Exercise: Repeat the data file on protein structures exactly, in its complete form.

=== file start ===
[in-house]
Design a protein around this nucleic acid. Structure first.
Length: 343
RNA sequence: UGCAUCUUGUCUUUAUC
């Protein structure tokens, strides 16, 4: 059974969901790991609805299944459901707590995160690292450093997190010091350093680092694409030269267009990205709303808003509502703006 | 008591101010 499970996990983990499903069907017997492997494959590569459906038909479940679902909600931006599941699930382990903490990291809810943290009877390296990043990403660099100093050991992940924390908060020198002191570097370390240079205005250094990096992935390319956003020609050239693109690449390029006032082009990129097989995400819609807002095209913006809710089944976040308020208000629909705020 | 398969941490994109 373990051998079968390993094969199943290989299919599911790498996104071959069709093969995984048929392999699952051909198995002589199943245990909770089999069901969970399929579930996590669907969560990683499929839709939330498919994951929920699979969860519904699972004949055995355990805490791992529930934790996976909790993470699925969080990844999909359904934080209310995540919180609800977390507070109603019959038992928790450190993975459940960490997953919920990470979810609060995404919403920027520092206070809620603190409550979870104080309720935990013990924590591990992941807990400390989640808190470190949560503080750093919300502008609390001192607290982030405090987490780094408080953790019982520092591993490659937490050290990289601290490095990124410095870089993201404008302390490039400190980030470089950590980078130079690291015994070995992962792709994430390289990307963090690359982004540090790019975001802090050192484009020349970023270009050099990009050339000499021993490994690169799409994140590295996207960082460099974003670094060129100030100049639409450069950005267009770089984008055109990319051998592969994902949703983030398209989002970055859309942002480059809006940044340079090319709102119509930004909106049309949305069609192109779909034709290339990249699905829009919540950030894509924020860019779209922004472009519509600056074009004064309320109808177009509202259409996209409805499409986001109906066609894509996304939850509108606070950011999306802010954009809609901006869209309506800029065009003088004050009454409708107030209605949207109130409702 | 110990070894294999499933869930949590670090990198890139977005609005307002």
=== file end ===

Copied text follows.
[in-house]
Design a protein around this nucleic acid. Structure first.
Length: 343
RNA sequence: UGCAUCUUGUCUUUAUC
């Protein structure tokens, strides 16, 4: 059974969901790991609805299944459901707590995160690292450093997190010091350093680092694409030269267009990205709303808003509502703006 | 008591101010 499970996990983990499903069907017997492997494959590569459906038909479940679902909600931006599941699930382990903490990291809810943290009877390296990043990403660099100093050991992940924390908060020198002191570097370390240079205005250094990096992935390319956003020609050239693109690449390029006032082009990129097989995400819609807002095209913006809710089944976040308020208000629909705020 | 398969941490994109 373990051998079968390993094969199943290989299919599911790498996104071959069709093969995984048929392999699952051909198995002589199943245990909770089999069901969970399929579930996590669907969560990683499929839709939330498919994951929920699979969860519904699972004949055995355990805490791992529930934790996976909790993470699925969080990844999909359904934080209310995540919180609800977390507070109603019959038992928790450190993975459940960490997953919920990470979810609060995404919403920027520092206070809620603190409550979870104080309720935990013990924590591990992941807990400390989640808190470190949560503080750093919300502008609390001192607290982030405090987490780094408080953790019982520092591993490659937490050290990289601290490095990124410095870089993201404008302390490039400190980030470089950590980078130079690291015994070995992962792709994430390289990307963090690359982004540090790019975001802090050192484009020349970023270009050099990009050339000499021993490994690169799409994140590295996207960082460099974003670094060129100030100049639409450069950005267009770089984008055109990319051998592969994902949703983030398209989002970055859309942002480059809006940044340079090319709102119509930004909106049309949305069609192109779909034709290339990249699905829009919540950030894509924020860019779209922004472009519509600056074009004064309320109808177009509202259409996209409805499409986001109906066609894509996304939850509108606070950011999306802010954009809609901006869209309506800029065009003088004050009454409708107030209605949207109130409702 | 110990070894294999499933869930949590670090990198890139977005609005307002």